M. O. P.

Discussion in 'Americas' started by average american, Jun 11, 2013.

  1. average american

    average american Senior Member Senior Member

    Aug 28, 2012
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    MOPping Up: The USA’s 30,000 Pound GBU-57 Bomb
    Jun 10, 2013 16:08 UTC by Defense Industry Daily staff

    Latest update

    “In an effort to show Israel and other ally states that it is capable of striking Iran’s nuclear plants, the US has recently conducted a test of its bunker buster bomb, destroying a replica of an underground nuclear facility, Hebrew daily Yediot Aharonot reported on Friday.

    The nuclear facility replica, that cost millions of dollars to build, was
    Grand Slam Bomb
    “Grand Slam”
    During the Second World War, attacking heavily protected targets like U-boat pens and protected “V-weapon” facilities was a key challenge. Enter a brilliant British engineer named Barnes Wallis, fresh off the dam-busting “Upkeep” bouncing bomb. His next trick was a 12,000 pound weapon called the “Tallboy external link,” a streamlined, spin-stabilized bomb with a claimed terminal velocity of Mach 1 external link when dropped from 20,000 feet. That mass, carrying 5,200 pounds of Torpex D1 explosive, made a crater 80 feet deep x 100 feet across when it hit. By 1945, Wallis’ next “Earthquake bomb” was in production – the 22,000 pound “Grand Slam external link.” His creations made short work of U-boat pens external link.

    These bombs went out of fashion with the advent of nuclear weapons, but if you wait long enough, fashion comes around again. Enter the USA’s new GBU-57 Massive Ordnance Penetrator (MOP). Despite additional funding, and October promises of accelerated deployment, the MOP did not arrive by mid-2010, as planned. Development continues, however, including a set of upgrades ordered in 2012 that are aimed at closing the gap against specific targets…

    The MOP Program

    The Program

    Massive Ordnance Penetrator Boeing Load
    Boeing MOP

    The GBU-57A/B MOP project began in 2004 as a proof of technology demonstration, with early tests conducted by the US Defense Threat Reduction Agency that focuses on securing and cooperatively destroying nuclear materials and bio-chemical weapons. With the FY 2006 demise of the RNEP nuclear bunker-buster program, MOP stepped into the spotlight as a way to address advancing trends. Pentagon spokesman Bryan Whitman external link:

    “The threats have been developing over the years… There are, without getting into any intelligence, there are countries that have used technologies to go further under ground and to take those facilities and make them hardened. This is not a new phenomenon, but it is a growing one.”

    Pentagon Press Secretary Geoff Morrell adds external link:

    “The reality is that the world we live in is one in which there are people who seek to build weapons of mass destruction, and they seek to do so in a clandestine fashion,” he said. “And this has been a capability that we have long believed was missing from our quiver, our arsenal, and we wanted to make sure we filled in that gap.”

    MOP flight tests began in 2008, and in February 2010, the DTRA MOP Technology Demonstration transitioned to the USAF as a Quick Reaction Capability Program. Most MOPs produced have been used in test, and a 2012 contract aimed at a sequence of upgrades. Those upgrades were reportedly tested in 2013.

    Northrop Grumman is the B-2A prime contractor, and leads the MOP integration effort. Boeing Company is the prime contractor to produce the MOP, and will also be the B-52 fleet integrator. They serve as a subcontractor to Northrop Grumman for the B-2 integration effort.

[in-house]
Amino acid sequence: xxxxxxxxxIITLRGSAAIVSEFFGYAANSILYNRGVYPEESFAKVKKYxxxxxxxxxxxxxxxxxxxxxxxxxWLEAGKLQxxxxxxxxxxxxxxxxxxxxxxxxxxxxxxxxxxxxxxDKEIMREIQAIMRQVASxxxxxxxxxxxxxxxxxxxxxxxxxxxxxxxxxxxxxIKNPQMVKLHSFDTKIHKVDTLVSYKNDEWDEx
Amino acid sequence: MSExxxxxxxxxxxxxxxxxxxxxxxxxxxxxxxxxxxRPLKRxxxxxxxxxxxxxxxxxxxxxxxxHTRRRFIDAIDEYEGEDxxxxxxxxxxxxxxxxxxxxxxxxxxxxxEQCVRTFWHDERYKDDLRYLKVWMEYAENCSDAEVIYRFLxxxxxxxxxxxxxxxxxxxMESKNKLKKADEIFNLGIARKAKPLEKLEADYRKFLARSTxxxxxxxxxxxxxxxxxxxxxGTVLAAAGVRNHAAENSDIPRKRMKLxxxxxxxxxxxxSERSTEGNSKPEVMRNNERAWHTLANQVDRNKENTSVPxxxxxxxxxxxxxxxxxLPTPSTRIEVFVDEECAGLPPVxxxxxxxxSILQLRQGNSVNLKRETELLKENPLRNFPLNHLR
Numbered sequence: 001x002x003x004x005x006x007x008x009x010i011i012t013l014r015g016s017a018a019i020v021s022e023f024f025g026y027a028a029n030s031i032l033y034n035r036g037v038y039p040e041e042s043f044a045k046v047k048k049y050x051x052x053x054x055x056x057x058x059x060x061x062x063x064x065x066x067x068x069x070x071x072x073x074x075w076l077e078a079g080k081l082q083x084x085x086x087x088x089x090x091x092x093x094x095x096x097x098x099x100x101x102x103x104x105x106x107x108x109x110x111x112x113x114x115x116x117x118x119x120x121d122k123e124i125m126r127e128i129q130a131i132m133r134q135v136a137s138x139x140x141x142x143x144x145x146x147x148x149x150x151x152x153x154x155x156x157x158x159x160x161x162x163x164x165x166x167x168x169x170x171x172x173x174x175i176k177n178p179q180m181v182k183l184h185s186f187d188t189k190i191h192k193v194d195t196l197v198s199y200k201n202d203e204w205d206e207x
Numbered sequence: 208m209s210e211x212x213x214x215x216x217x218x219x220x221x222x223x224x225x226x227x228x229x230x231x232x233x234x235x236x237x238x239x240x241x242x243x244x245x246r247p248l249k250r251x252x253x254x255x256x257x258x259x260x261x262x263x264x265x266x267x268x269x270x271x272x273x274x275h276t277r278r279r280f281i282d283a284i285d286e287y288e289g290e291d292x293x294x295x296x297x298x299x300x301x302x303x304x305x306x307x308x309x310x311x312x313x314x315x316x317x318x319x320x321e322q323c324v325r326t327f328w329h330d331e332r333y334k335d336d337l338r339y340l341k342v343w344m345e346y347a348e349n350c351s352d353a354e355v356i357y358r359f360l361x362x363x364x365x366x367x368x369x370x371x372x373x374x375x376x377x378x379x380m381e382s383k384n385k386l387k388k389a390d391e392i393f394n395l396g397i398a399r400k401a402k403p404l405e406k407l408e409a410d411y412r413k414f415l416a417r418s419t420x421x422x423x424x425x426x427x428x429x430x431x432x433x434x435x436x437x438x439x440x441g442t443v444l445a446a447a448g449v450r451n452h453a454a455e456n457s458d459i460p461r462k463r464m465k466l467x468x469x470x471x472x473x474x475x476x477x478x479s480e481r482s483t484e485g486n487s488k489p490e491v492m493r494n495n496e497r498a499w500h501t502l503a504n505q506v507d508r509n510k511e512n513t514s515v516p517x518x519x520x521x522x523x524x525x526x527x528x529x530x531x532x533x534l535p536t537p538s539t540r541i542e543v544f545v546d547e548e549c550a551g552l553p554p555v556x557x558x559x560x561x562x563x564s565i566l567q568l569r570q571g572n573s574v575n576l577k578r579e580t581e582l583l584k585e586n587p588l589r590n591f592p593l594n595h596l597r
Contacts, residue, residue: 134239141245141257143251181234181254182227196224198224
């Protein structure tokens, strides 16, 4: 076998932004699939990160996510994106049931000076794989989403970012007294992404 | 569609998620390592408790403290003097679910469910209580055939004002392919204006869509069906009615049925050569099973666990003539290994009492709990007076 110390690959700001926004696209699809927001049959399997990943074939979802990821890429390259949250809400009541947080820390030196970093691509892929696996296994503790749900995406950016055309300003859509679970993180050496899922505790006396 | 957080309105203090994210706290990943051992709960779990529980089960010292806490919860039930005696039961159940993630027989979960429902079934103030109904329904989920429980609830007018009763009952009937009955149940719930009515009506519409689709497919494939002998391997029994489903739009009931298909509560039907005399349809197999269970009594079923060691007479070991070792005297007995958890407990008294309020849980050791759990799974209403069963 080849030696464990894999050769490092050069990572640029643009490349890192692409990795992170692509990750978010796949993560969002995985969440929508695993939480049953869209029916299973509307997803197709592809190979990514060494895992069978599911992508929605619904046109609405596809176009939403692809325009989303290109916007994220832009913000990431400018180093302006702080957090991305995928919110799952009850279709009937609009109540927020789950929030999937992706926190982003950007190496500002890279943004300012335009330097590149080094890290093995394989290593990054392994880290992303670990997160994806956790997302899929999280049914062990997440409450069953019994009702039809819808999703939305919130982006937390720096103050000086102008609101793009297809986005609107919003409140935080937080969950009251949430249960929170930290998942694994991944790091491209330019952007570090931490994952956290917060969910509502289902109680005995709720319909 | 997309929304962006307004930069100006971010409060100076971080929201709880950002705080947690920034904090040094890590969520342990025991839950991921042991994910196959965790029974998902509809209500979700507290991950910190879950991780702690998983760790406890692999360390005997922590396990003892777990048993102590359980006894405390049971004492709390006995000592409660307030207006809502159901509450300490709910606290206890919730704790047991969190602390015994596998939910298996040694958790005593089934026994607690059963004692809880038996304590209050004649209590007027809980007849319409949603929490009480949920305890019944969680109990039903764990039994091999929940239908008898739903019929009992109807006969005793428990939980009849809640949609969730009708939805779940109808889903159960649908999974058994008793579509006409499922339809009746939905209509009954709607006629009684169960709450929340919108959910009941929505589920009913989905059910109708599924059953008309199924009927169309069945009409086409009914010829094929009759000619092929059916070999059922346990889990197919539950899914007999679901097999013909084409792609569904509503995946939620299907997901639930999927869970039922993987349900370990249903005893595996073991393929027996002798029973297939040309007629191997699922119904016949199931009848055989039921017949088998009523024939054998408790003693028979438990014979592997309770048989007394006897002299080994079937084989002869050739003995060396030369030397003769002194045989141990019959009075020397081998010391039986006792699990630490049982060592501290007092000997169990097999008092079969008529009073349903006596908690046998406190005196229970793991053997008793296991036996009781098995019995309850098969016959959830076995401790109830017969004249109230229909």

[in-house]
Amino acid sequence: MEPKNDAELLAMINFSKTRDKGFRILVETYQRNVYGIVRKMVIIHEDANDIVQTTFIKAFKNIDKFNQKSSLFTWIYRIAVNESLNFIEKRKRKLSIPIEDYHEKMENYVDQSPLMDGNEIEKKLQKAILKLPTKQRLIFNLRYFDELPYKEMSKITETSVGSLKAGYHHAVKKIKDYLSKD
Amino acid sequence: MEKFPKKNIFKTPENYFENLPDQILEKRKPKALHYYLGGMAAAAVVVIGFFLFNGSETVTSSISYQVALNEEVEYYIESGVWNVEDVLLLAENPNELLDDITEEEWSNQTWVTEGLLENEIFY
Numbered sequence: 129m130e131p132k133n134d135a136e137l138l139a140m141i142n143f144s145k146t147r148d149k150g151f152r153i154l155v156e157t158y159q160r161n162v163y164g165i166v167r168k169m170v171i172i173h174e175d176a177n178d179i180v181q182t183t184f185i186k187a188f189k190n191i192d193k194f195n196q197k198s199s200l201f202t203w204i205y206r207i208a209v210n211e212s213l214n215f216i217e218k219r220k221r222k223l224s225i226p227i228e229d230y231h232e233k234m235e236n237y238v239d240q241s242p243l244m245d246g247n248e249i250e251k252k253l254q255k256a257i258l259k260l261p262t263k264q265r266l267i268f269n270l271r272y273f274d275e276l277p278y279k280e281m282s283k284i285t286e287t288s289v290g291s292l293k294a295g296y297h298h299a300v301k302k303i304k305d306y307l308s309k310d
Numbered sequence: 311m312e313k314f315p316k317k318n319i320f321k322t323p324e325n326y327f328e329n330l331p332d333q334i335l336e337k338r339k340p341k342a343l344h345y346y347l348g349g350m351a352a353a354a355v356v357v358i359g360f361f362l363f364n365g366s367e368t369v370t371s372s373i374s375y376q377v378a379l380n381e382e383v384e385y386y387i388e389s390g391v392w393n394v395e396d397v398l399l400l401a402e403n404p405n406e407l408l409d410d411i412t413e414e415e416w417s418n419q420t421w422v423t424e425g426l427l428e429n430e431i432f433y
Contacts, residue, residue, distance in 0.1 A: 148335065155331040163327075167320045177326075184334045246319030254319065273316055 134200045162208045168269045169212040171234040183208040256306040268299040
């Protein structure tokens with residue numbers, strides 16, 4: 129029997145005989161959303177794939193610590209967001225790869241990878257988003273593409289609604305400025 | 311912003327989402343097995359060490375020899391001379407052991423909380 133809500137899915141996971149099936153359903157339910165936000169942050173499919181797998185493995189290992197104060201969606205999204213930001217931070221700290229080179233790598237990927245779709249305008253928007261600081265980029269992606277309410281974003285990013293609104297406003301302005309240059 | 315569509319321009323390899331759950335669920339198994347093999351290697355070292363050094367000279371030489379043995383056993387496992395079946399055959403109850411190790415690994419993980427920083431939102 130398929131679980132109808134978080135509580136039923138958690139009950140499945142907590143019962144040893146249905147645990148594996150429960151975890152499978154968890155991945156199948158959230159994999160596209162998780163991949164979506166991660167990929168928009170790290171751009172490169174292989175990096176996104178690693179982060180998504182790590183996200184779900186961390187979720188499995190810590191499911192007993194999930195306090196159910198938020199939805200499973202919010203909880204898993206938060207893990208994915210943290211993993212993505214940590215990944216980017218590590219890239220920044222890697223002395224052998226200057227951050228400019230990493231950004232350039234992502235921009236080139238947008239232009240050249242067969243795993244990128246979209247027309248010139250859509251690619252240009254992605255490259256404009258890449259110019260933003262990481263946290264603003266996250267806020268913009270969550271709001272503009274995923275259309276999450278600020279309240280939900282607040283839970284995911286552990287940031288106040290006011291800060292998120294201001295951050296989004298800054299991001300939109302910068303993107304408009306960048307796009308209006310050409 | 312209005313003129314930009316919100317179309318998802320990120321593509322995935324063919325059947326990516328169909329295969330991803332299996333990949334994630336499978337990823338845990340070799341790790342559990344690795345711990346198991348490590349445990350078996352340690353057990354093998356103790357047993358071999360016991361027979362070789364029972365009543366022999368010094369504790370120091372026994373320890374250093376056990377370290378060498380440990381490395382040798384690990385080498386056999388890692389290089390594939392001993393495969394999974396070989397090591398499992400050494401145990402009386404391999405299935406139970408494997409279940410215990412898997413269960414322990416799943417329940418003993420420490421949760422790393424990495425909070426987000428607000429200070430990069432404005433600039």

This 30,000 pound weapon is approximately 31.5 inches in diameter and 20.5 feet long, with about the same amount of explosives inside as Wallis’ Tallboy (5,300 pounds). It isn’t the biggest bomb the USA has ever built – the 44,000 pound T12 external link has that distinction – but it could well become the biggest conventional bomb ever used. Even the famous GBU-43 MOAB external link (Mother Of All Bombs) thermobaric weapon weighs in at only 21,000 pounds.

    Unlike the MOAB, however, this project’s goal is a GPS-guided, hard-penetrating weapon that can be carried aboard B-2A Spirit bombers to defeat “a specialized set of hard and deeply buried targets” like bunkers and tunnel facilities. Some graphics show expectations of over 60 feet of concrete destroyed, and a USAF article stated that the bomb was meant to penetrate 200 feet underground before exploding.

    That may have been revised upward in the 2012 upgrade, which tried to address perceived shortfalls against known targets. Upgrades reportedly include more precise guidance through undisclosed means, adjustment of the detonator fuze to withstand impact with layers of granite and steel, and the ability to reject guidance-jamming attempts and operate in “contested environments.”

    About 8 operational GBU-57s have been publicly ordered to date, and a number of bomb bodies and flight test weapons have been detonated in tests.

    The B-2A will be able to carry 2 MOPs: one in each bay, mounted to the existing forward and aft mounting hardware.

    The B-52H Stratofortress has been used in tests, but it won’t be used operationally. Any target you’d want to use an MOP on will be very heavily defendhttp://www.defenseindustrydaily.com/mopping-up-the-usas-30000-pound-bomb-03172/?utm_campaign=newsletter&utm_source=did&utm_medium=headline&utm_term=MOPping_Up:_The_USAMed, and a B-52 run would lend new meaning to the term “suicide bomber.”
    SajeevJino likes this.
  3. SajeevJino

    SajeevJino Long walk Elite Member

    Feb 21, 2012
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    Inside a Cage
    photos available in Internet too Showing a B 52 dropping a MOP


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